Keep in mind that I was an adult by the 1970s. My concept of "recent" is going to be different from yours.

    I was around/aware for the zaftig women of the early 1960s (e.g., Raquel Welch, Sophia Loren, Gina Lollobrigida, etc.), the near-skeletal Twiggy and her ilk, the later heroin chic (Kate Moss), and various other supposedly aspirational body types in between and since. When thin, my shape is "sporty" (to pick a flattering term), "boyish". Even when I had breasts, they were small. Trust me, some men (or women) like that shape. I'm fine with who I am, and was even when I cared what others (such as potential partners) thought, in a way I don't, now. (That's not an age thing, it's an individual thing, BTW.)

    I have no quibble with other women wanting to be thicc or have a nice big booty, or whatever (within a reasonably healthy range), though it makes me sad when young women want things that are *extremely* not their (just fine, lovely) body type, or that are based on some absurdly photoshopped influencer.

    Yes, and unfortunately we have a much larger variety of media influence as when I was young, and there seems to be even more pressure to obtain a certain body type. I was a young teenager who wanted to achieve the "waif" look. I knew that Kate Moss was 5'7 and 105 pounds, and at 5'6, my goal was 100 pounds. I got about 15 pounds within reach, but I am not and never have been a naturally thin person with a small frame, and I have hips and wide shoulders. In my case, with age did come wisdom, and know my own body limitations (and strengths!), and hope I can impart some of that wisdom to women who may struggle with reaching some body ideal.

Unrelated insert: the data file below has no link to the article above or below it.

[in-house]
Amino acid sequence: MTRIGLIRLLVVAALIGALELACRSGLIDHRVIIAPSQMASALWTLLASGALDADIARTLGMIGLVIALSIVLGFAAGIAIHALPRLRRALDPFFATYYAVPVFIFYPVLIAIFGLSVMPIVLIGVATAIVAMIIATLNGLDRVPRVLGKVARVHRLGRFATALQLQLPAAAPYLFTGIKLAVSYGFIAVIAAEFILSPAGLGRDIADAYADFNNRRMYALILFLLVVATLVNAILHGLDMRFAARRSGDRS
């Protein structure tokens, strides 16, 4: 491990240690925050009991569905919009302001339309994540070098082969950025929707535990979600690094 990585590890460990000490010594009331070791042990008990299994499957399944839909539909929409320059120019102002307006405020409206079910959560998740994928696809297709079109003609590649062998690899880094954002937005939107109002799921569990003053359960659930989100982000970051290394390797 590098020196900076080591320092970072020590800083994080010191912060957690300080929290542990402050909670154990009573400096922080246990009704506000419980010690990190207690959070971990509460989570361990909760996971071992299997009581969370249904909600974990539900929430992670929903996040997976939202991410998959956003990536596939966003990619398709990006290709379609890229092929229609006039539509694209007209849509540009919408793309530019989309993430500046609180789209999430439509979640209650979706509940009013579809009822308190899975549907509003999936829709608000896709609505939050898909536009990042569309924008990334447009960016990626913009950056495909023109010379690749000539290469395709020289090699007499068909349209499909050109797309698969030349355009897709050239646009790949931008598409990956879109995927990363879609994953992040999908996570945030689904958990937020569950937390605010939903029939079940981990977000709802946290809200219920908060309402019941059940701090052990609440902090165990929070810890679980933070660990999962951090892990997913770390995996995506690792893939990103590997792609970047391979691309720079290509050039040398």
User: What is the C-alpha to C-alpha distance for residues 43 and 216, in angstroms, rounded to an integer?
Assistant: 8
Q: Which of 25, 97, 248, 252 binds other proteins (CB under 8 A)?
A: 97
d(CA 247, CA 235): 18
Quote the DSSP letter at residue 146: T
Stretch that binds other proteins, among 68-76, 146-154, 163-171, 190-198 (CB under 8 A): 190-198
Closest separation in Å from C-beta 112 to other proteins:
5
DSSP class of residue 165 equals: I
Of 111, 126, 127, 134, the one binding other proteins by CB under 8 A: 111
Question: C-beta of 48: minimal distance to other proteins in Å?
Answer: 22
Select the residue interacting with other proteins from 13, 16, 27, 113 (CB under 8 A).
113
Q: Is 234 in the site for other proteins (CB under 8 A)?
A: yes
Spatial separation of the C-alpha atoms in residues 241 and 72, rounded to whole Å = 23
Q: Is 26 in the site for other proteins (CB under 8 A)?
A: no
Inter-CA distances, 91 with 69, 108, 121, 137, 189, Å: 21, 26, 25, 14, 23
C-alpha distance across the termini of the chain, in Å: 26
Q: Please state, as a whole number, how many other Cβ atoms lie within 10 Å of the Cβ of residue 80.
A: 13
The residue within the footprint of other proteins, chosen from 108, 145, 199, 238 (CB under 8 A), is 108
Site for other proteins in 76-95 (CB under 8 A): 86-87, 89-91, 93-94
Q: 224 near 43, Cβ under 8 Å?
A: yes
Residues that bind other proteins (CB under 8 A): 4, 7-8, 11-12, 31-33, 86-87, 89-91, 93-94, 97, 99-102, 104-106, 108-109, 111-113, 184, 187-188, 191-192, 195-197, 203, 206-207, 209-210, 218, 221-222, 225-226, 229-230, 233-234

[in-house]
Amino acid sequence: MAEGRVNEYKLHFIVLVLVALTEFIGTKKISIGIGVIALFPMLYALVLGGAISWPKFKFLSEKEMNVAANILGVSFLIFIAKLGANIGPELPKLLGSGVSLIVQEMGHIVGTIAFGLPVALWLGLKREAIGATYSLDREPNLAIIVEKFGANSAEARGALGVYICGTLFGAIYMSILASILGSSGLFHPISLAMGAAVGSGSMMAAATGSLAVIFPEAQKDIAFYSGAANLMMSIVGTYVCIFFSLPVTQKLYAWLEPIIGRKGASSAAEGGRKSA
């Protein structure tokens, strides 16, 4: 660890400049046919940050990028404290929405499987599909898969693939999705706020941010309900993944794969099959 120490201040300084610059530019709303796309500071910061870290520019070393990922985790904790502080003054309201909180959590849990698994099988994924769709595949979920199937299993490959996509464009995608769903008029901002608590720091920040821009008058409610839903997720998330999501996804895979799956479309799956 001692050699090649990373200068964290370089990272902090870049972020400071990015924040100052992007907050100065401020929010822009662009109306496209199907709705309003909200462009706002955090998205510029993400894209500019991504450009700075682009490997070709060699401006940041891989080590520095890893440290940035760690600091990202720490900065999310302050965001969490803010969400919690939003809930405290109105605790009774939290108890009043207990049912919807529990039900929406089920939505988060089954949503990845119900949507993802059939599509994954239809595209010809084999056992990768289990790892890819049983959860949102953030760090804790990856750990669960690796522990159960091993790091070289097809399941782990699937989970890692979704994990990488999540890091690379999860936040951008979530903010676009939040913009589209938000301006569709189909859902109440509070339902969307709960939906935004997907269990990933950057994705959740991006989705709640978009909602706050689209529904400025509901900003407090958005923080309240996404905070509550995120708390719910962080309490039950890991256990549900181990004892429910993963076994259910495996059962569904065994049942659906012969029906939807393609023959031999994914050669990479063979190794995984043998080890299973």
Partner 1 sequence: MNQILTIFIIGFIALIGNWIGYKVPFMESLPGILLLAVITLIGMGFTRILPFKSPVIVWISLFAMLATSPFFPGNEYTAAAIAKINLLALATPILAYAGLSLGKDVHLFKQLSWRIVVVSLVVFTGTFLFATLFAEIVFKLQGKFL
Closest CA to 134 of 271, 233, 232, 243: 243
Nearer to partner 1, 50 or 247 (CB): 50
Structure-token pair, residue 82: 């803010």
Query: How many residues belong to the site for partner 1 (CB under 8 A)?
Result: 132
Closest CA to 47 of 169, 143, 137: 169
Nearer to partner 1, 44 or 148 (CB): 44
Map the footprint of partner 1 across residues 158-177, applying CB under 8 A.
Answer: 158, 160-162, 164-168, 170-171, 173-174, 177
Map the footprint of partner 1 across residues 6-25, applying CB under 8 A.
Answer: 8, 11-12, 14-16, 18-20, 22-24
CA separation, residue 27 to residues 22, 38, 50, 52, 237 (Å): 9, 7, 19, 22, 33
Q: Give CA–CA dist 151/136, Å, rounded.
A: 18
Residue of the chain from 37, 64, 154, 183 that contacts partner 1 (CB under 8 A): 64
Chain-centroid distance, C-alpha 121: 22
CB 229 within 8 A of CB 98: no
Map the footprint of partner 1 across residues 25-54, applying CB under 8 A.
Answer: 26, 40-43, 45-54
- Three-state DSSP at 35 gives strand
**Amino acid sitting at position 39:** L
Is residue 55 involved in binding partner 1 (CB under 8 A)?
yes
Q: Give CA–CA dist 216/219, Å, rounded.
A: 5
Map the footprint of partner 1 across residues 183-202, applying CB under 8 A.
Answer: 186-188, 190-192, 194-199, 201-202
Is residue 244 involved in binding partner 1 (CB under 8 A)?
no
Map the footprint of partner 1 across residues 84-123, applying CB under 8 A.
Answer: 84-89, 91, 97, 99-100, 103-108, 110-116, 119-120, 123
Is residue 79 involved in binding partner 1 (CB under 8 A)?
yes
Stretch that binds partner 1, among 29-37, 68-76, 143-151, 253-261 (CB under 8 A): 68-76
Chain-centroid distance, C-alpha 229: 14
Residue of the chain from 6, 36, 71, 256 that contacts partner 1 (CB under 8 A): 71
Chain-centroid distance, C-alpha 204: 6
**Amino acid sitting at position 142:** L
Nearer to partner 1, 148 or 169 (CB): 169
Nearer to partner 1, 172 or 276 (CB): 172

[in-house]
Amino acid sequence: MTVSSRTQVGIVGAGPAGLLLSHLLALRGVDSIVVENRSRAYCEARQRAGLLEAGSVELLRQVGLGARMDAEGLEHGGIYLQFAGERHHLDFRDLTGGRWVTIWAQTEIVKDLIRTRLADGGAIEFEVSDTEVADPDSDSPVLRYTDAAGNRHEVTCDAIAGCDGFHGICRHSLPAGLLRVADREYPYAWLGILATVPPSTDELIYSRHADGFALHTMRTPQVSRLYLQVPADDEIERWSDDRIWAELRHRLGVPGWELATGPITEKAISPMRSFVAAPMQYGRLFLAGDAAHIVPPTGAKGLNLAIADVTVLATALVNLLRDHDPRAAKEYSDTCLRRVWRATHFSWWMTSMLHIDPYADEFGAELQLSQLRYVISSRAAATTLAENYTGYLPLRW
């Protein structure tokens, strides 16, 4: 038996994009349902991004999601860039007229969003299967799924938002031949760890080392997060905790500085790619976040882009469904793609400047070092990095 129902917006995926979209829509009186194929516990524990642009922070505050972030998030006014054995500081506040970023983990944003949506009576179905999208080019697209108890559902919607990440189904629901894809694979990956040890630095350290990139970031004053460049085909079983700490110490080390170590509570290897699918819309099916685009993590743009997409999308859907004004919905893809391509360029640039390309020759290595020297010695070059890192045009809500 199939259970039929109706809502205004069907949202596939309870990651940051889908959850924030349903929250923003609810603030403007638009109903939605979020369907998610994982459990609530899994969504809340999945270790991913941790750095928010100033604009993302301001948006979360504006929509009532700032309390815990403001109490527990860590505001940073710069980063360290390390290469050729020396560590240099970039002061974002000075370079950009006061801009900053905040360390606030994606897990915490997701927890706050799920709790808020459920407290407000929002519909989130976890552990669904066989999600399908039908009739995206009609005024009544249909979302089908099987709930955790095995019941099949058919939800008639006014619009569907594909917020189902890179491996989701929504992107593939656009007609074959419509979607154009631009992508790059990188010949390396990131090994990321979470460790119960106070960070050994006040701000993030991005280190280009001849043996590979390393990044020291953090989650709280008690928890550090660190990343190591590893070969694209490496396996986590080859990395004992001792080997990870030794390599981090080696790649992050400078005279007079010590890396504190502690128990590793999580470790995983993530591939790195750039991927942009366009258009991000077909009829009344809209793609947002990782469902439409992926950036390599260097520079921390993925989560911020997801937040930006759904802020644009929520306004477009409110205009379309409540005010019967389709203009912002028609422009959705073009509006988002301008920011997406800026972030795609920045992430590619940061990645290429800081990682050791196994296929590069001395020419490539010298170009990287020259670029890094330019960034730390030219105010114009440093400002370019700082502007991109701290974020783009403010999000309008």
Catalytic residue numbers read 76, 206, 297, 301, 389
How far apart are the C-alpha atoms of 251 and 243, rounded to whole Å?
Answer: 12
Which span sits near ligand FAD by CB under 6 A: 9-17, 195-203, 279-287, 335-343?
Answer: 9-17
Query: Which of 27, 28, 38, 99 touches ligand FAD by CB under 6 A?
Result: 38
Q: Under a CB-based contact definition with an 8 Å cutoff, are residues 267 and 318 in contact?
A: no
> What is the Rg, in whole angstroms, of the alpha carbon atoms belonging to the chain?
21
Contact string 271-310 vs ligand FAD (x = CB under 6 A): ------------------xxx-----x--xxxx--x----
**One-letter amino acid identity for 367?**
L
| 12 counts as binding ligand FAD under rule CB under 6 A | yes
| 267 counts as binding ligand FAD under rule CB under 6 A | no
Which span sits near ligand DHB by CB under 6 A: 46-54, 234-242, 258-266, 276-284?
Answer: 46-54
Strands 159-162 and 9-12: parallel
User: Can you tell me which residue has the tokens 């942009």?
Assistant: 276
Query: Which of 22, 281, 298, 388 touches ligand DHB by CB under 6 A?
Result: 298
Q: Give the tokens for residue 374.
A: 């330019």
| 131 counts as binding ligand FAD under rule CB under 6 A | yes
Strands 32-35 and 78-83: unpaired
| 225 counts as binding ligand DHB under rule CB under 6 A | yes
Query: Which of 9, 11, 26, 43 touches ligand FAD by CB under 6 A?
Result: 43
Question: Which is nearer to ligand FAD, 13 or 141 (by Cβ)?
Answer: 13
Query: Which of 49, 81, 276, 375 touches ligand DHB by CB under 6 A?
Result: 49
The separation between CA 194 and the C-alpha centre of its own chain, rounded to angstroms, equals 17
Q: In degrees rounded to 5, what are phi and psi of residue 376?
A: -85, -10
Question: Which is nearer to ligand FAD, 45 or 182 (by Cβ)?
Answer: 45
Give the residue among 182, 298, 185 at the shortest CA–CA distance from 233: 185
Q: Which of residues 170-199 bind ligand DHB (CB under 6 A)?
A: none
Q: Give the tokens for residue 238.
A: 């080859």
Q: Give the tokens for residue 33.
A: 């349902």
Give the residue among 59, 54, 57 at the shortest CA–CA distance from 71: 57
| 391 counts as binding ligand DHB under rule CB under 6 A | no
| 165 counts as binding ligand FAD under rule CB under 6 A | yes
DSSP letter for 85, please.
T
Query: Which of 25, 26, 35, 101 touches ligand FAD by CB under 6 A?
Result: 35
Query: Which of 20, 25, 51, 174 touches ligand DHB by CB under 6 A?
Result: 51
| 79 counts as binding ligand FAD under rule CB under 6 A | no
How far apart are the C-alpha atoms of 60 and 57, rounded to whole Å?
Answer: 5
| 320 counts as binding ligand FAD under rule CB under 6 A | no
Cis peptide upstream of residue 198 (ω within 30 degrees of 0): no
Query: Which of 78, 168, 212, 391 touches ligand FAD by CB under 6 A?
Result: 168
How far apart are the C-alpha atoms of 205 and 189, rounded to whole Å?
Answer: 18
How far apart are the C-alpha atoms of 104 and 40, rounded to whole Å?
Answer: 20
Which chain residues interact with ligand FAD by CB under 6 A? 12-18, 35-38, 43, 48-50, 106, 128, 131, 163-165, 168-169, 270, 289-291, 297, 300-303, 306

edited June 14
  • YellowD0gsYellowD0gs Member Posts: 624 Member Member Posts: 624 Member
    Theoldguy1 wrote: »
    cwolfman13 wrote: »
    Motorsheen wrote: »
    cwolfman13 wrote: »
    Theoldguy1 wrote: »
    MsCzar wrote: »
    I was
    So, so many snacks.

    Having an afternoon snack right after school was a solid tradition. We lived near a Hostess Bakery outlet and boxes of Ho-ho's, Banana Flips, Snowballs and Zingers could be had for 50¢. We kids thought nothing of polishing off half a box in one go. Little Debbie apple cakes didn't last long either.

    Of course the activity after the snack was going outside and playing not sitting on a video game eating more snacks like now.

    Well, sometimes I'd have a snack and read a book or play with paper dolls or draw on the Etch-a-Sketch. Modern kids didn't invent sedentary hobbies. There probably are trends in physical activity that are relevant here, but I feel like this conversation overall is really flattening out differences and assuming an experience of 1980s life that is not necessarily accurate.


    [ in the middle of BFE Nebraska.

    Ha.

    I've been there....

    and I have never felt more alone in my life.


    s8MP3QN32HsEepgNnHJ6U9Bp.jpeg